The Tosher Rebbe, zy”a Harav Meshulem Feish Lowy

Tosh 2

IMG_20150812_192056The Torah world was plunged into mourning Wednesday with the petirah of the Tosher Rebbe, Harav Meshulem Feish Lowy, zt”l, at the age of 93.

One of the eldest and most venerated Rebbes of the generation, the Tosher Rebbe was frequently hospitalized in recent years. Since Adar 5768/2008, when he contracted severe pneumonia, his health was in a state of decline.

Communities all over the Jewish world davened fervently for his recovery, and the name Reb Meshulem Feish ben Tzirel was constantly on the lips of those who admired him, as his health fluctuated over the past years.

Several weeks after the pneumonia, the Rebbe recovered and returned home to Tosh, in Canada. But since then he has been very weak. When he appeared in the beis medrash that Purim, the Chassidim cried with joy at what was seen as a medical miracle.

Two weeks ago the Rebbe attended the marriage of his great-granddaughter. Yesterday his condition deteriorated drastically; he was classified as critical and his family was summoned. In the afternoon hours, he passed away.

The Rebbe was born in 5682/1922 in the village of Nirtosh, known as Tosh to the Jewish population. His parents were Harav Mordechai Segal Lowy, the eldest son of Harav Elimelech of Tosh, and Rebbetzin Tzirel, the daughter of Harav Yaakov Fekete of Nirbator.

In 5690/1930, his father was appointed Rav of nearby Demetcher.

At the age of 12, the Rebbe traveled to Kalov, to the yeshivah headed by his great uncle, the Rav of the city, Harav Menachem Braude, the Be’er Menachem. At that young age he was noted for his hasmadah and devotion to his learning and was recognized as an iluy.

On 23 Kislev 5703/1943, his grandfather passed away, and his father, Rav Mordechai, was appointed Rebbe.

In 1943, the Rebbe was drafted to the forced labor brigades in Hungary and sent to camps in Koschitza and Margita. The overseers treated him as if he were crazy, because of his piety, and that made it possible for him to maintain a religious lifestyle.

In March 1944, Hungary was captured by the Germans. In April, the Jews of the region were assembled, among them the members of the Lowy family, into the Nirgehaze ghetto, and from there they were sent to Auschwitz. Most of the Rebbe’s extended family perished there, and his father, the Rebbe, was murdered on Rosh Chodesh Elul 5704/1944.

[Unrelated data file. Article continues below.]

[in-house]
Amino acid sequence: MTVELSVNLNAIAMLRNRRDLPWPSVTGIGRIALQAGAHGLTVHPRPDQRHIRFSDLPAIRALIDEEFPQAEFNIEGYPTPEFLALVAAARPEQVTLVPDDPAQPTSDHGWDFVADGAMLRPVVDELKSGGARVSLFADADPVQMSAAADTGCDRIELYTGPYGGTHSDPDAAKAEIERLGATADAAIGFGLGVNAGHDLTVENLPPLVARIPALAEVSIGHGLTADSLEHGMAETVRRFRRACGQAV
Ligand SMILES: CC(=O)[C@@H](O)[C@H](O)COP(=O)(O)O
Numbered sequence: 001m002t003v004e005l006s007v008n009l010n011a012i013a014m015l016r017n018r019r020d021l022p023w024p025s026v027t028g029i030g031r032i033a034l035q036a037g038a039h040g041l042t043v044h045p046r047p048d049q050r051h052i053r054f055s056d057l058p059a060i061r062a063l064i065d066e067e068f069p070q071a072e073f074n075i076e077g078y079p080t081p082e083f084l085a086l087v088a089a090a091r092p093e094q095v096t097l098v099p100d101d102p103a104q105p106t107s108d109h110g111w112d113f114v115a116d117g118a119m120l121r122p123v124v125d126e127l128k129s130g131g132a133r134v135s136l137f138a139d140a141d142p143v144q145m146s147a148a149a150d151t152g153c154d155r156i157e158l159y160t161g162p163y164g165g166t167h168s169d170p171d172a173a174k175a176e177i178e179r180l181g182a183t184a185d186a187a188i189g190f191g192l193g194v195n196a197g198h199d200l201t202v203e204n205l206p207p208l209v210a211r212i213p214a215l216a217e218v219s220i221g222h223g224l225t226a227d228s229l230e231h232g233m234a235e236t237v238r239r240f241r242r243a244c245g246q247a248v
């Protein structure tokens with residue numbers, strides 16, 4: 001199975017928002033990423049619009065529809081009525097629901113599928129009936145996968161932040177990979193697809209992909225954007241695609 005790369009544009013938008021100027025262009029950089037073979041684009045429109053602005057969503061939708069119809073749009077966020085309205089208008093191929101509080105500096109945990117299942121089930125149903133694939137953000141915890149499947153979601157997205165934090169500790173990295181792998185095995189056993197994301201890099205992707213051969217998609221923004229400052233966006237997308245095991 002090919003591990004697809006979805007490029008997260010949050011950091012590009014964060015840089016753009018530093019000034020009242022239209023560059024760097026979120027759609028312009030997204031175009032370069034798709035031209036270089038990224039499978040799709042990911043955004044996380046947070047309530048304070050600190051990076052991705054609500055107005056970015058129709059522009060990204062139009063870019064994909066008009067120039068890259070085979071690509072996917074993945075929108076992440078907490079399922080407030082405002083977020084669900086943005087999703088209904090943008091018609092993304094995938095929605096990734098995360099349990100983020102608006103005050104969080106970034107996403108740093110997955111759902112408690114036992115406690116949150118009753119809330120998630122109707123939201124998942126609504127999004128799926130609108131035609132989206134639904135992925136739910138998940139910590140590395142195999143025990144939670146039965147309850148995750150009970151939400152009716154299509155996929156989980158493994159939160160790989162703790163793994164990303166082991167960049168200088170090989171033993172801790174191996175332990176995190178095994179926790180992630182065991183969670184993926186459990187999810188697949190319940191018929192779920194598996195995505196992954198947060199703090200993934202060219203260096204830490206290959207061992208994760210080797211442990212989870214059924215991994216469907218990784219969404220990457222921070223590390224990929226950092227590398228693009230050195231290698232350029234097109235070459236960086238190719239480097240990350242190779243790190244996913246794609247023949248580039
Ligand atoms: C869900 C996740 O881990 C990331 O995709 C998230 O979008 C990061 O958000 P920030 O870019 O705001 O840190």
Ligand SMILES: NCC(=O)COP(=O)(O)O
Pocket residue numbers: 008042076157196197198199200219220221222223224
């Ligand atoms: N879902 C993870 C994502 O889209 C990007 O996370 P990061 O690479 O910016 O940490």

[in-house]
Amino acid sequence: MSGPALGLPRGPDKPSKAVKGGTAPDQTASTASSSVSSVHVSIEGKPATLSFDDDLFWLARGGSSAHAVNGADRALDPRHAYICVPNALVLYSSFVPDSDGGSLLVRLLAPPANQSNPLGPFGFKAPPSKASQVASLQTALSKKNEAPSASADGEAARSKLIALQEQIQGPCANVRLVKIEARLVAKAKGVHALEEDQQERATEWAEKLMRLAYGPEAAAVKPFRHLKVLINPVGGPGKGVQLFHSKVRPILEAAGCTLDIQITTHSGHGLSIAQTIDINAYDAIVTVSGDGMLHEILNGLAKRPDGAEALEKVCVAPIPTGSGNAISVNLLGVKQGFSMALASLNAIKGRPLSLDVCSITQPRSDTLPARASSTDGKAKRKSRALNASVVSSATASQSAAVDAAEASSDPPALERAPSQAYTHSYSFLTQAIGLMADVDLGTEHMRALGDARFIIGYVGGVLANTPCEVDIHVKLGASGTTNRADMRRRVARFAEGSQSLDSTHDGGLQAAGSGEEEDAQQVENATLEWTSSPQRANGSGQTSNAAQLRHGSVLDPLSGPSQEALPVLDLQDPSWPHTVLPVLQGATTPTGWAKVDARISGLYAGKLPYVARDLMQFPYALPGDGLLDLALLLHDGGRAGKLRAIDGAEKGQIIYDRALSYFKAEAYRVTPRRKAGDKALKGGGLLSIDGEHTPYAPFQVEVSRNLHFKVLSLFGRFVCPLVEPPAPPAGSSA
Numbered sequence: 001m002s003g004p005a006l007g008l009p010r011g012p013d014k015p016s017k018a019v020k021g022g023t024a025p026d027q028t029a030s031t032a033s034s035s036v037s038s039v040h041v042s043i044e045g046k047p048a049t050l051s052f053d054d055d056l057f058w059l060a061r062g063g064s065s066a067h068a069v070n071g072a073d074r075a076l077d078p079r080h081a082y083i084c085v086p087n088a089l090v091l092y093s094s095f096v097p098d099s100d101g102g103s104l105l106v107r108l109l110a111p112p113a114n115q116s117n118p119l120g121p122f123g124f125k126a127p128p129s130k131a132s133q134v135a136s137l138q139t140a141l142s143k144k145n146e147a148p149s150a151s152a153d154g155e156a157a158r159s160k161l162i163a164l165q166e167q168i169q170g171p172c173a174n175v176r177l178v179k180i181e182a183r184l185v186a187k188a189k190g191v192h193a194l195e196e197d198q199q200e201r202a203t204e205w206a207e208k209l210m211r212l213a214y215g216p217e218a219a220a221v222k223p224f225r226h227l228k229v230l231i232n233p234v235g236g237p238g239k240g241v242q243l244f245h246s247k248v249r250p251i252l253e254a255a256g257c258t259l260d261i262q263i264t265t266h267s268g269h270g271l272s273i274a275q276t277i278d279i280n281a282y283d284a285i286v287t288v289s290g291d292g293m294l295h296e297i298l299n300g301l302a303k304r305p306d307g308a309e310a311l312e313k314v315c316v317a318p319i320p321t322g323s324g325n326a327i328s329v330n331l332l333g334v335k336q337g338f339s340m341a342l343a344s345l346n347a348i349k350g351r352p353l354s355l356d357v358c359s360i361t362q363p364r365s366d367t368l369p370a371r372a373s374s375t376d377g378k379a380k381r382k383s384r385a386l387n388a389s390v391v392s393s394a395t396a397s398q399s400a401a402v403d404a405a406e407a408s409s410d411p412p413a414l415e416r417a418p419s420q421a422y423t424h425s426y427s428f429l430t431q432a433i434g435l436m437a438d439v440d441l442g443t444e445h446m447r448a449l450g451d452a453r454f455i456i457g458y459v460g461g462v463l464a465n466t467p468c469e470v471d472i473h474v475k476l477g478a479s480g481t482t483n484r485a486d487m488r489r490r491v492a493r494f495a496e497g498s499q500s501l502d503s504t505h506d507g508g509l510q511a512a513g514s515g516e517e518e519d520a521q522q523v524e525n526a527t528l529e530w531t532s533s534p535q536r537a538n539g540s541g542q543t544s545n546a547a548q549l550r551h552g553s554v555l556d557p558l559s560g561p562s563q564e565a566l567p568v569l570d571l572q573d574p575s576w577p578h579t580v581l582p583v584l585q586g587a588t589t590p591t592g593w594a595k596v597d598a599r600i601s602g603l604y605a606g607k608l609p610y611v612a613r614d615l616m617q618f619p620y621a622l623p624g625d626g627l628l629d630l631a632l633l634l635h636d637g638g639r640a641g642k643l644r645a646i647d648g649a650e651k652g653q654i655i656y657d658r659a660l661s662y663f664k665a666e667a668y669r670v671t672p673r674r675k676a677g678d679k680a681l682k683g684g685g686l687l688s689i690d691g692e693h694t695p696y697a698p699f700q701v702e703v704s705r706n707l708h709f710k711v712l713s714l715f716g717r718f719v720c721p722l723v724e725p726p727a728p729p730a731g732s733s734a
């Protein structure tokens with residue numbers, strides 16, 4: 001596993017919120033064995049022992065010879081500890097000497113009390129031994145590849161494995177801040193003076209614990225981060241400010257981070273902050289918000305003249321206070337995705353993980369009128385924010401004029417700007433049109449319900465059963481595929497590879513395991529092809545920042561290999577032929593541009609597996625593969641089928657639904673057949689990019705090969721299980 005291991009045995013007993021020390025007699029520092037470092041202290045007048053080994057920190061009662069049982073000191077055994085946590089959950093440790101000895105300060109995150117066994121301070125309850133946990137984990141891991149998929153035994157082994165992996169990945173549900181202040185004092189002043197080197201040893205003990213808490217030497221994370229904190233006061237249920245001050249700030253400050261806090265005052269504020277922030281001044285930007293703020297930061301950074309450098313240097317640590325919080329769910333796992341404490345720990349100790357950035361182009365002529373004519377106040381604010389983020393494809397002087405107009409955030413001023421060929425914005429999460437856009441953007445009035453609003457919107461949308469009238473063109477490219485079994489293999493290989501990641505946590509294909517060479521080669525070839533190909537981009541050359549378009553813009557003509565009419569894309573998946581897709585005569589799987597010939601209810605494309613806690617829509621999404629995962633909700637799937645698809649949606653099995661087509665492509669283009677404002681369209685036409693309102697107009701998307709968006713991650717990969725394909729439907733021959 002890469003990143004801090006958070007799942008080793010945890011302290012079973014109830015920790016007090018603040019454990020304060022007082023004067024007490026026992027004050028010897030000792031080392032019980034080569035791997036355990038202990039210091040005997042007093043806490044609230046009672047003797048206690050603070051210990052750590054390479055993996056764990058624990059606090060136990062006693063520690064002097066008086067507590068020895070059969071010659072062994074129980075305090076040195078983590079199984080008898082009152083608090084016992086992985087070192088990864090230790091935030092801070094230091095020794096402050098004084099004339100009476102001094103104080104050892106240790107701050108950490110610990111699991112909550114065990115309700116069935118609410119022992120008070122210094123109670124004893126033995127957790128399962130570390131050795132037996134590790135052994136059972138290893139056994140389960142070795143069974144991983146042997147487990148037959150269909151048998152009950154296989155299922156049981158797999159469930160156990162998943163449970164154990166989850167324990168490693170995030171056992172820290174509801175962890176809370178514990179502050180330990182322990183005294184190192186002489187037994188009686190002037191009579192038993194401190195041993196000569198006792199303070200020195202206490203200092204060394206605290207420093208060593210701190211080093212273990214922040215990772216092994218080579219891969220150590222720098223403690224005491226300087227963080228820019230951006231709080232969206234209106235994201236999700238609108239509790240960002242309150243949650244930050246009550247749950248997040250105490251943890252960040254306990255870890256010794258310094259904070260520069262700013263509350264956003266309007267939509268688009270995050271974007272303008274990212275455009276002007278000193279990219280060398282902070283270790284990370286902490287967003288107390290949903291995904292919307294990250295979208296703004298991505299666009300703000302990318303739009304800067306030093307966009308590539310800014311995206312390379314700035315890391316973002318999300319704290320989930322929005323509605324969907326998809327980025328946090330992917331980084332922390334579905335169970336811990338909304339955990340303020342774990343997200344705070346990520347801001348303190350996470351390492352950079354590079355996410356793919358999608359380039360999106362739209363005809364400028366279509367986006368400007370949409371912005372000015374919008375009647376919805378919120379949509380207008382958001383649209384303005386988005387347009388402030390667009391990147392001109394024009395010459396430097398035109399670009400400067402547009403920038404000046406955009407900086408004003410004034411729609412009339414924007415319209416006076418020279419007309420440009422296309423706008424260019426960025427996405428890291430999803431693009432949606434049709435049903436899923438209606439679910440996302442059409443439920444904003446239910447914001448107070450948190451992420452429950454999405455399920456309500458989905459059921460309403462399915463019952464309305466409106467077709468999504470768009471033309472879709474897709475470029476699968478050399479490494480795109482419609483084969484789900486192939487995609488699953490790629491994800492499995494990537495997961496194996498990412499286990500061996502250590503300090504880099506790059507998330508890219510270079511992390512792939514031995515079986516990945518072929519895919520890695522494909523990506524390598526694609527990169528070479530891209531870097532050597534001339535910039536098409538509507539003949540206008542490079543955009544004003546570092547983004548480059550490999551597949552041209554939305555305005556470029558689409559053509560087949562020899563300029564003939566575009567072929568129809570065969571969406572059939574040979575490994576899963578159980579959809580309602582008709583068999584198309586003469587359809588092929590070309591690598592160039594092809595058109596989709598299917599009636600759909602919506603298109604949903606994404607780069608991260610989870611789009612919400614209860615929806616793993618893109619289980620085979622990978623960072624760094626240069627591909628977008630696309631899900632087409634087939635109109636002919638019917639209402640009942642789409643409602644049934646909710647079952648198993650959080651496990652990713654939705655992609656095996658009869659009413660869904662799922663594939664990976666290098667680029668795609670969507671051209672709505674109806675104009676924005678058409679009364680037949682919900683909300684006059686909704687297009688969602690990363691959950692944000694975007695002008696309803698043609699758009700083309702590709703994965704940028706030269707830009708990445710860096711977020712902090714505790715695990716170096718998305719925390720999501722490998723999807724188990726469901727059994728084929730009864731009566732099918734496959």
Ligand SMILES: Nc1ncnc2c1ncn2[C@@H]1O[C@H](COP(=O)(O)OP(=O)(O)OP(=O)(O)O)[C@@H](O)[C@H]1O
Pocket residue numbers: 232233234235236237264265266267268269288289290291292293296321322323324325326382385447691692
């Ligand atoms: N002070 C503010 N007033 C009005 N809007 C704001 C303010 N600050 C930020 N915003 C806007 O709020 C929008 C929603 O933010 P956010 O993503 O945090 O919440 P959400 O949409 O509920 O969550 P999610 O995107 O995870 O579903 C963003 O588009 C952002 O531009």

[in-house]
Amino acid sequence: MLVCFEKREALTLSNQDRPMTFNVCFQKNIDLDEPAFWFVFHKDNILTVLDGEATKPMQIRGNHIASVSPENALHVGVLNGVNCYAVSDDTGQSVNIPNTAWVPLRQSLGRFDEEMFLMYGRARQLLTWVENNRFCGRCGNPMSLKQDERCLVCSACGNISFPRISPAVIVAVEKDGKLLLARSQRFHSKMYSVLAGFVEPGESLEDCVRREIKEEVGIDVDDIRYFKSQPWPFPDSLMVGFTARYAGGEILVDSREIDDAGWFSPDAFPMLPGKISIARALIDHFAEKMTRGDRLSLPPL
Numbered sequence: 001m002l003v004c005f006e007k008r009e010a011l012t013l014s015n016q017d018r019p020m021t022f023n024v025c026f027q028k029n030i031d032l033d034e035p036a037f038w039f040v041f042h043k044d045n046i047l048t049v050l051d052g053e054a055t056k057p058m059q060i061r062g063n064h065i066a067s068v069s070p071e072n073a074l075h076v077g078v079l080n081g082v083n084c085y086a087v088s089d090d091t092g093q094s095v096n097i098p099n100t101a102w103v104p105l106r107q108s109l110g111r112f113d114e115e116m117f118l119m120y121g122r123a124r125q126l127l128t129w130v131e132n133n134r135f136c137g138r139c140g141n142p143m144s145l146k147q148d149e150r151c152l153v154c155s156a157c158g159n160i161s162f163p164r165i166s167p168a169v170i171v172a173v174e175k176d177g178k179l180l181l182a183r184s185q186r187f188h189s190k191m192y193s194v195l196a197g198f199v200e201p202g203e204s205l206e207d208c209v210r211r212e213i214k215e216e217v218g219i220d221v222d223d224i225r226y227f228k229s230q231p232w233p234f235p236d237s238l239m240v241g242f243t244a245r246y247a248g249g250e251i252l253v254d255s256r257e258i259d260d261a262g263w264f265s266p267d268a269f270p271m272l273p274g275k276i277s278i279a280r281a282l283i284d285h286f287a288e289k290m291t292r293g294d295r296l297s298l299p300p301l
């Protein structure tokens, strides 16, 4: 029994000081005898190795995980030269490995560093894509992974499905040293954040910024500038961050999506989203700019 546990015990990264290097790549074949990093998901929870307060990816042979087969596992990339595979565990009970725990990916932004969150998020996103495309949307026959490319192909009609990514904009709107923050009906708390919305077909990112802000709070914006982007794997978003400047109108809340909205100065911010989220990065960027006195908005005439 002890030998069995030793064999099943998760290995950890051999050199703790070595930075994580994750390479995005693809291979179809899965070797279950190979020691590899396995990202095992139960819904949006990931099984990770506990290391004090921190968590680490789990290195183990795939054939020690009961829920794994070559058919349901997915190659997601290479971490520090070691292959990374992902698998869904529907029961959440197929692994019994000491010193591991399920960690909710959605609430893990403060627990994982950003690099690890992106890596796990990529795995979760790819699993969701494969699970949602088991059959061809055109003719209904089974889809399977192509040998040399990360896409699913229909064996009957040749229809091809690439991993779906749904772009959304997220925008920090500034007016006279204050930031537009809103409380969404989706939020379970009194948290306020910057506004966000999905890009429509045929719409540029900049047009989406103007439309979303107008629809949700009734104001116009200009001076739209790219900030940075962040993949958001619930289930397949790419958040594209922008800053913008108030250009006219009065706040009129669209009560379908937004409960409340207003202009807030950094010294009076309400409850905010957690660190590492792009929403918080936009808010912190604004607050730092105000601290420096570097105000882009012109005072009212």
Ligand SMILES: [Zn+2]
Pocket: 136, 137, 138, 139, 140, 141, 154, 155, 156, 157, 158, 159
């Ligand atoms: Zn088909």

After the Red Army entered Margita, the Rebbe was released from the labor camp. He then traveled to Arad, Mako, and finally to Kleinwardein.

In 5706/1946 he married Rebbetzin Chava, the daughter of Harav Yehudah Weingarten of Yerushalayim, a descendant of the Rebbe Reb Elimelech of Lizhensk.

He was appointed by the survivors of Tosher Chassidus to serve as the Rebbe in Nirgehaze, where he stayed for two and a half years. He served there as a Dayan on the special beis din that helped agunos remarry after the war. At that point, fear of the communist regime led him to instruct his community to leave the country.

After two years in Austria, in Adar 5711/1951 the Rebbe arrived in America. He first resided in Williamsburg, and later moved to Montreal, Canada, where his older brother, Reb Chaim Yosef, lived. Their sister Fraidel, the wife of Harav Shmuel Meir Leifer, also survived the war.

As soon as he arrived in Montreal, the Rebbe decided to establish his community outside the city in order to avoid the influences of the outside world.

In 5723/1963, the Rebbe established a chassidic neighborhood named Kiryas Tosh in the Boisbriand suburb, about 30 kilometers from Montreal. Over the years many Chassidim flocked to him, and there are also Tosher communities in Brooklyn, Monroe, London, Israel and Belgium.

A full range of institutions was established in Tosh, including schools for boys and girls, a yeshivah gedolah and ketanah, and anything else a Jewish community needs. Today, some 400 families live there.

The Tosher Rebbe loved peace and harmony and would pursue it; he avoided discord like it was fire. He was known for his ahavas Yisrael and disbursed tremendous sums for tzedakah. He was admired by all, and people from across the spectrum streamed to his court. Thousands of Chassidim from the United States and Canada, from Eretz Yisrael and from Europe, visited him regularly, especially for Shabbosos and Yamim Tovim, to witness his holy visage and to receive a brachah from him. Among those who came were many Chassidim of other courts, as well as Litvishe Yidden, businessmen, Sephardim and Ashkenazim.

The Rebbe’s avodas hakodesh was carried out with tremendous mesirus nefesh, the Chassidim relate, and note that until his final days he made sure to complete the entire sefer Tehillim every day, no matter what. He spent most of his day davening, as each tefillah took many hours. Only after an exhausting tefillas Maariv did he allow himself to eat something — a meal that was breakfast, lunch and supper in one.

His divrei Torah and stories were printed in the sefarimAvodas Avodah.”

The Rebbe was widowed on 21 Elul 5756/1996 of his Rebbetzin Chava, a”h. He subsequently married Rebbetzin Malka Lowy, shetichyeh.

On 18 Teves 5758, the Rebbe’s oldest son, Harav Mordechai, son-in-law of Harav Yechezkele Mertz, zt”l, was niftar at the age of 50. The petirah occurred in the middle of Shacharis, when Rav Mordechai was saying Krias Shema. Since it was on a Friday, the Rebbe carried on his avodah throughout Shabbos as if all were regular, to the astonishment of the Chassidim.

The Rebbe’s other son, Harav Elimelech, shlita, serves as the Rav of Kiryas Tosh. His surviving daughters are Rebbetzin Tzirel Fish, Rebbetzin Fradel Katz, and Rebbetzin Sossie Kahana. The Rebbe’s daughter Rebbetzin Bracha Chana Mayer, a”h, was niftar about three years ago.

The Rebbe is also survived by many grandchildren, great-grandchildren and great-great-grandchildren.

The levayah was held Wednesday evening in Tosh.

Zechuso yagen aleinu.